Office of External Affairs
Mountain-Prairie Region


U.S. Fish and Wildlife Service
Mountain-Prairie Region
134 Union Boulevard
Lakewood, Colorado 80228

 September 25, 2007

Contact:  Larry Klimek, 712-642-4121, ext 5401


Nebraska’s Papio-Missouri River Natural Resource District Receives

National Land Protection Award


U.S. Fish and Wildlife Service (Service) will present the National Land Protection Award to the Papio-Missouri River Natural Resource District (District) on October 4th at the 20th annual National Land Conservation Conference to be held at the Adams Mark Hotel in Denver, Colorado. Jim Becic, Environmental Coordinator will accept the award on behalf of the District.


The award was established in 2001 by the U. S. Fish and Wildlife Service’s Division of Realty to recognize a private citizen, group, organization, corporation, or public agency and their employees or volunteers, for their significant contribution to land protection for fish and wildlife resources in partnership with the U.S. Fish and Wildlife Service.


“I’m pleased to recognize the District for their outstanding conservation work that resulted in wetland restoration and the donation of 2,000 acres to the Service to establish Boyer Chute National Wildlife Refuge near Omaha, Nebraska,” said Eric Alvarez, Realty Division Chief, U.S. Fish and Wildlife Service.  “This acreage, along with development of roads, trails, kiosks, fencing, fishing piers, and interpretive facilities has a value of $6 million.  In 2005, the District donated an additional 700 acres valued at more than $1 million.”


The Papio-Missouri River Natural Resources District is a local conservation agency in Nebraska with broad responsibilities to protect and enhance the state’s natural resources. The District’s mission is to wisely conserve, manage and enhance soil, water, wildlife, and forest resources for the good of all people residing within the District's boundaries.  Much of the funding for the District’s resource management programs and projects comes from property taxes collected in the area served by the District.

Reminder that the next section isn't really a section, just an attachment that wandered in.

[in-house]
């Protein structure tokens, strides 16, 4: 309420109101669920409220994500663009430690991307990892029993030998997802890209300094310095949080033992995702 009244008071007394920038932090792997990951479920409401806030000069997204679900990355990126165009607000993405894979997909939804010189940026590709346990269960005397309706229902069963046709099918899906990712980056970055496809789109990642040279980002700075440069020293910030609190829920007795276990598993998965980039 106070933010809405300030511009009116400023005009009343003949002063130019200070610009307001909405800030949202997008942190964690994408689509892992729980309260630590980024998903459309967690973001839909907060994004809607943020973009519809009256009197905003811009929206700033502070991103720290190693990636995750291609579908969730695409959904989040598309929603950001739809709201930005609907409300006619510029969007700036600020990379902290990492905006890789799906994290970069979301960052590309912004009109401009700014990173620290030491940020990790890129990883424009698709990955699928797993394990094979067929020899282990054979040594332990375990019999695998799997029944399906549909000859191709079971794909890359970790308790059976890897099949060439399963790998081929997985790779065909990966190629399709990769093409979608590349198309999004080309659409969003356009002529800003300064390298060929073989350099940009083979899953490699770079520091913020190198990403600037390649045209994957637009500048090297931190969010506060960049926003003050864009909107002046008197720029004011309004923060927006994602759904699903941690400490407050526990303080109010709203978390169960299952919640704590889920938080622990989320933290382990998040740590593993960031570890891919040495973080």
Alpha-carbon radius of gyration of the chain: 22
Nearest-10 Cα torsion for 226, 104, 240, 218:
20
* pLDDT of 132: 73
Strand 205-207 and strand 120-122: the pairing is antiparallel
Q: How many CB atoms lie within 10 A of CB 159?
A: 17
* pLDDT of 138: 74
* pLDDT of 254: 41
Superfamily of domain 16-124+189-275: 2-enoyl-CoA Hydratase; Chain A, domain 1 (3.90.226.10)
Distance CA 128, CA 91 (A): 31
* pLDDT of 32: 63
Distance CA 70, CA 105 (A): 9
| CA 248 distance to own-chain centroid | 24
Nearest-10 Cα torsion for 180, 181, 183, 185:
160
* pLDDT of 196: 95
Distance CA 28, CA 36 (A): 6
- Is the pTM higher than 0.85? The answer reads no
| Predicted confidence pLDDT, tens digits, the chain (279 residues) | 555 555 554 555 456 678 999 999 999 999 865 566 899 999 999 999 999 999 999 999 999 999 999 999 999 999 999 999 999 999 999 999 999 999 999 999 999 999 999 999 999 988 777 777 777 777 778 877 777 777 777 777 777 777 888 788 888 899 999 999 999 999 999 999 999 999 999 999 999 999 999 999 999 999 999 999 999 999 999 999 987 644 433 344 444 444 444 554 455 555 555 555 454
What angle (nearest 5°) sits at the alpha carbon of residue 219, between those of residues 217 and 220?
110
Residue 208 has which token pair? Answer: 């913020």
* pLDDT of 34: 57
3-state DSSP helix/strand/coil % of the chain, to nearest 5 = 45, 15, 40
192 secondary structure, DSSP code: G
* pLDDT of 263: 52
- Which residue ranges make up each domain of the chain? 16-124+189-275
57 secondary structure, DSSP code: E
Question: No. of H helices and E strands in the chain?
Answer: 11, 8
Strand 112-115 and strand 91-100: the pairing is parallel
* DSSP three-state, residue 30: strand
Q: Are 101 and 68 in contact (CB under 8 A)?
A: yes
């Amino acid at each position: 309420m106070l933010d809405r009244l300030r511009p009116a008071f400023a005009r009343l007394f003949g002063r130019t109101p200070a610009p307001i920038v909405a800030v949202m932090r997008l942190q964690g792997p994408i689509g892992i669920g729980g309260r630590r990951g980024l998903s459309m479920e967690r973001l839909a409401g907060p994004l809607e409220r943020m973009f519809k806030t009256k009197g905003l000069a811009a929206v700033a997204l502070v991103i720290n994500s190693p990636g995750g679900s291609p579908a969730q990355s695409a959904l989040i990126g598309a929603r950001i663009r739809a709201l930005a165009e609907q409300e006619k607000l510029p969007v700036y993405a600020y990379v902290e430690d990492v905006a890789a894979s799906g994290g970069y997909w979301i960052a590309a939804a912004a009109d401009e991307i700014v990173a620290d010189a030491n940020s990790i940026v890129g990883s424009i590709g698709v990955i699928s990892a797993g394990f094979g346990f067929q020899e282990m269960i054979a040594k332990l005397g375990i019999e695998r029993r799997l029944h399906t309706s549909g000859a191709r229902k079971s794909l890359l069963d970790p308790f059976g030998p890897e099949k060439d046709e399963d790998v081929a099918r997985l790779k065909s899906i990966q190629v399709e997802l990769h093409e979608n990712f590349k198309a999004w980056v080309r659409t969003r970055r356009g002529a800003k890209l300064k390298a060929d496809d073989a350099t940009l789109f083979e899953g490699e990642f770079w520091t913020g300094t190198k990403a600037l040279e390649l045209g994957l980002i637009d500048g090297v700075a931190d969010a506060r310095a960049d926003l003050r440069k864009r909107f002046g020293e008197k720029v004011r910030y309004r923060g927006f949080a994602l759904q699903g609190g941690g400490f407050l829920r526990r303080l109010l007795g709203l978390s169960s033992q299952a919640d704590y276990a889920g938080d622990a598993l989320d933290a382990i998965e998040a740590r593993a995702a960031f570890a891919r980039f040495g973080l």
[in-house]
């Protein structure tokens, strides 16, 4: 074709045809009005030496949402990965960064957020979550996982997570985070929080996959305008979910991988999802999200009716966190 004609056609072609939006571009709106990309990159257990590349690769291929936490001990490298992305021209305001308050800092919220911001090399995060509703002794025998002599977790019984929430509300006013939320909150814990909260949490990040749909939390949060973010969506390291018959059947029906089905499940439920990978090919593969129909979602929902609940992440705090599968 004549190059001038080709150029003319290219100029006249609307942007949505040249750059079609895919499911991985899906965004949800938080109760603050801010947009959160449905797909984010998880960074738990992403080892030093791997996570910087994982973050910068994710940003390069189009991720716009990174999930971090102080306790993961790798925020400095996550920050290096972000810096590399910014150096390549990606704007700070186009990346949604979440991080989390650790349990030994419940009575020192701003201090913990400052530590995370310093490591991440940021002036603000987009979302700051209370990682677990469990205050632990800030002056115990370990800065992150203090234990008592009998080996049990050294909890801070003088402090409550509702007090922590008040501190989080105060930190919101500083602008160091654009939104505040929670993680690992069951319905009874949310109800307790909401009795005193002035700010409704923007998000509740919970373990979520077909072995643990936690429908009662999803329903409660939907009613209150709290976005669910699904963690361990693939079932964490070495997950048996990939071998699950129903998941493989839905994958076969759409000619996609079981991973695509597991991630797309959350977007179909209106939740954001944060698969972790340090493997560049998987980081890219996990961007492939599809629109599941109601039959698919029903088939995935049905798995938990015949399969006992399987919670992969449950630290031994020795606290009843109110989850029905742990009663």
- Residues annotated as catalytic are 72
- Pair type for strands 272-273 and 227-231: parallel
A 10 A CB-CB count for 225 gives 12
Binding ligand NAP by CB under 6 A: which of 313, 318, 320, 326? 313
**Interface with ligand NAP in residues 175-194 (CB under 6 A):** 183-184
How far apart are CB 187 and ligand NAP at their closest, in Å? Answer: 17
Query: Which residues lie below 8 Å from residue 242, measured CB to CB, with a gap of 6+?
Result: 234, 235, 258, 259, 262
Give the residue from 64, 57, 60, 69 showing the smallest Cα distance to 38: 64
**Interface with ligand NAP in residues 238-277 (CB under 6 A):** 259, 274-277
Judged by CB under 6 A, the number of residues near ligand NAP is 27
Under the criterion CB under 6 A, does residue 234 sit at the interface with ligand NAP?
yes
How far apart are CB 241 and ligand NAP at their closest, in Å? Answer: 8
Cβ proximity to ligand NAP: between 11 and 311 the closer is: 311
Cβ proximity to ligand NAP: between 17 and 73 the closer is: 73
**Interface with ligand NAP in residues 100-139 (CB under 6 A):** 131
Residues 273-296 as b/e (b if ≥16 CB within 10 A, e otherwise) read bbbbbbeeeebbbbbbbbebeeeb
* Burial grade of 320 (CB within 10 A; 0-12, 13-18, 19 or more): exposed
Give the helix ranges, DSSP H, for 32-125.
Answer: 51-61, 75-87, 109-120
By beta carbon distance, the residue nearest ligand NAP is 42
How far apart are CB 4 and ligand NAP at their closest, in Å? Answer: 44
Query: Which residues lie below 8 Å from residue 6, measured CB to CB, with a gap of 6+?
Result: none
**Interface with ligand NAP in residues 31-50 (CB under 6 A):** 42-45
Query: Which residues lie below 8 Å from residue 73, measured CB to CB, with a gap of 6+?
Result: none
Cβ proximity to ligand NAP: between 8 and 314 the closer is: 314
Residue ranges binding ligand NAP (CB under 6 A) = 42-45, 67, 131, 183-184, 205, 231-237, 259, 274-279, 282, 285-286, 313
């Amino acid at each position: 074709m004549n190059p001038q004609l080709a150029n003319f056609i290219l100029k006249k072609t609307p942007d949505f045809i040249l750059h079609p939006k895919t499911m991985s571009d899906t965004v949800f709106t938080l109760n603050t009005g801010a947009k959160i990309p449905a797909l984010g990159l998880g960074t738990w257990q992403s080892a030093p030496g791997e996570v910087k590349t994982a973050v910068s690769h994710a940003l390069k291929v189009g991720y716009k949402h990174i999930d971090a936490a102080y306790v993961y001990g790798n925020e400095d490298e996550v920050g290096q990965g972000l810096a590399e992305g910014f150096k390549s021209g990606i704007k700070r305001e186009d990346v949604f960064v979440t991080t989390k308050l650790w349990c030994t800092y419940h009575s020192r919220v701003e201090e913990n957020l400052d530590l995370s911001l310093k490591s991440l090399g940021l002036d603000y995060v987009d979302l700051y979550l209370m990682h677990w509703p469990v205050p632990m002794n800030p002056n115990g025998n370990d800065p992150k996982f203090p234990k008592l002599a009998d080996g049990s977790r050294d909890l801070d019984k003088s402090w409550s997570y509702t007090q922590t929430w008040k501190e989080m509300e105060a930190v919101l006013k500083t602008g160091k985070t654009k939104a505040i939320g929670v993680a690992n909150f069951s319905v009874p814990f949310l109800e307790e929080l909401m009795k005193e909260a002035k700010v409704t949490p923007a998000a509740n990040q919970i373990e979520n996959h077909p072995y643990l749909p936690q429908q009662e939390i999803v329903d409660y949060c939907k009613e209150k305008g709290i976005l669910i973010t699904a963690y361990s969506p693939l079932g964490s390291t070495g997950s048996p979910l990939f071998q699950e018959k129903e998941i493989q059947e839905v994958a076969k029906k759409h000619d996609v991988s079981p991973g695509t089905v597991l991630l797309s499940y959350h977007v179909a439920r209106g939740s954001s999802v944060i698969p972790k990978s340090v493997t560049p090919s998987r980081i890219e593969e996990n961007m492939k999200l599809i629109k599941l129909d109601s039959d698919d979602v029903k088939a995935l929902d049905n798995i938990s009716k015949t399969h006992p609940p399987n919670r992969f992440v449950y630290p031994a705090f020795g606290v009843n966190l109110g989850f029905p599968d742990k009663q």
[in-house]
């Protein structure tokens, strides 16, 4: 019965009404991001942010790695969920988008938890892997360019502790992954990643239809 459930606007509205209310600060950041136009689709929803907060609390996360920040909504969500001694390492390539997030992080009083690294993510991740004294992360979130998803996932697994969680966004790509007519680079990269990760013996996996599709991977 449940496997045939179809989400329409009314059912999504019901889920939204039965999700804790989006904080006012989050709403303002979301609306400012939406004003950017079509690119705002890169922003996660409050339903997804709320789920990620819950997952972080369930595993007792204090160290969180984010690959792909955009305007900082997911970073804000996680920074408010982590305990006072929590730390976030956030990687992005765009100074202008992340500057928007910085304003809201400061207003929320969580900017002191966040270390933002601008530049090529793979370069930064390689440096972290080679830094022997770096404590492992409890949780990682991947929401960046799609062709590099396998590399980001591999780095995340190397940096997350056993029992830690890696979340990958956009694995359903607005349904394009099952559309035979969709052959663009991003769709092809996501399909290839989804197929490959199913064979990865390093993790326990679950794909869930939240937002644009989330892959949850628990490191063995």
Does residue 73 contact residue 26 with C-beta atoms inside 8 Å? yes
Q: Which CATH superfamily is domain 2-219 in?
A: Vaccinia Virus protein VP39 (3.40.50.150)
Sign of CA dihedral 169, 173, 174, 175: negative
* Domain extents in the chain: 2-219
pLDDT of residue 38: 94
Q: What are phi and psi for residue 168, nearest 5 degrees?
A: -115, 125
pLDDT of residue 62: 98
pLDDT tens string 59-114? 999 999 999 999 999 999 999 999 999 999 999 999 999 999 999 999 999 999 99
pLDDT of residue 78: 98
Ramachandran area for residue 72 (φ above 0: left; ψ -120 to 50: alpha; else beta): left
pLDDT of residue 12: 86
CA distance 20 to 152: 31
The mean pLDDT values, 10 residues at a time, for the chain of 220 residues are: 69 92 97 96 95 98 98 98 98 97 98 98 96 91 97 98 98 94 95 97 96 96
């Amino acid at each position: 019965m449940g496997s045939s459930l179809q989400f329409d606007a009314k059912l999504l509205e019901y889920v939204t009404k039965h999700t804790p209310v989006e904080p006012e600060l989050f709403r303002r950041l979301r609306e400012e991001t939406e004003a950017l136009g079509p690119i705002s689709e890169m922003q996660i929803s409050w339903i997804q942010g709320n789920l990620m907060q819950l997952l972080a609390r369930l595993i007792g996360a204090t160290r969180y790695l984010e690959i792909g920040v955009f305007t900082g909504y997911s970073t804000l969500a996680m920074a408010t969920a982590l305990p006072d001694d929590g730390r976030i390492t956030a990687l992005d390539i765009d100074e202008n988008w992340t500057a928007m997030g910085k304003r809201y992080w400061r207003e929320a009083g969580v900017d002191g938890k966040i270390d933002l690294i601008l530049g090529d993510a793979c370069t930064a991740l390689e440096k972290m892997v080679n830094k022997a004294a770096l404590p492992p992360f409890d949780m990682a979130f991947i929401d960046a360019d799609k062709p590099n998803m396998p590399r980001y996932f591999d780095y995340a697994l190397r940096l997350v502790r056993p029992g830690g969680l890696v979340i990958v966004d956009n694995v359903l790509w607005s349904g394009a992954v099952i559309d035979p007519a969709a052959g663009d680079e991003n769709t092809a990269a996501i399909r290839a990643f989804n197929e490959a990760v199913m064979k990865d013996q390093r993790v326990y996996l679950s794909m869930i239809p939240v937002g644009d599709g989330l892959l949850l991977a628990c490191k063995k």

The Papio-Missouri River District is unique and has demonstrated outstanding leadership in the conservation of the soil, water, and wildlife resources along the Missouri River Corridor.  Working in partnership with the Corps of Engineers, the District restored and renovated wetlands along the Missouri River that were previously lost due to Corps channelization for navigation.  Their efforts have produced significant habitat improvements for fish and wildlife and have provided public recreation benefits for present and future generations of Americans. 


A $6 million wetland renovation project completed by the District in 1996 returned more than 2,000 acres to riparian wetlands and native vegetation.  As part of the project, the District developed recreation facilities including hiking trails, canoe launches, fishing access, and educational interpretation of the natural resources with input from the Service.  The restoration of the 2½ mile long chute (old river channel) in conjunction with the Corps of Engineers, and the subsequent donation of the land and infrastructure to the Service marked the beginning of the Boyer Chute National Wildlife Refuge.  In 2005, the District restored the Nathan’s Lake property and donated an additional 700 acres to the Service for inclusion in the refuge.   


The U.S. Fish and Wildlife Service is the principal Federal agency responsible for conserving, protecting and enhancing fish, wildlife and plants and their habitats for the continuing benefit of the American people. The Service manages the 97-million-acre National Wildlife Refuge System, which encompasses 548 national wildlife refuges, thousands of small wetlands and other special management areas. It also operates 69 national fish hatcheries, 64 fishery resources offices and 81 ecological services field stations. The agency enforces federal wildlife laws, administers the Endangered Species Act, manages migratory bird populations, restores nationally significant fisheries, conserves and restores wildlife habitat such as wetlands, and helps foreign and Native American tribal governments with their conservation efforts. It also oversees the Federal Assistance program, which distributes hundreds of millions of dollars in excise taxes on fishing and hunting equipment to state fish and wildlife agencies.


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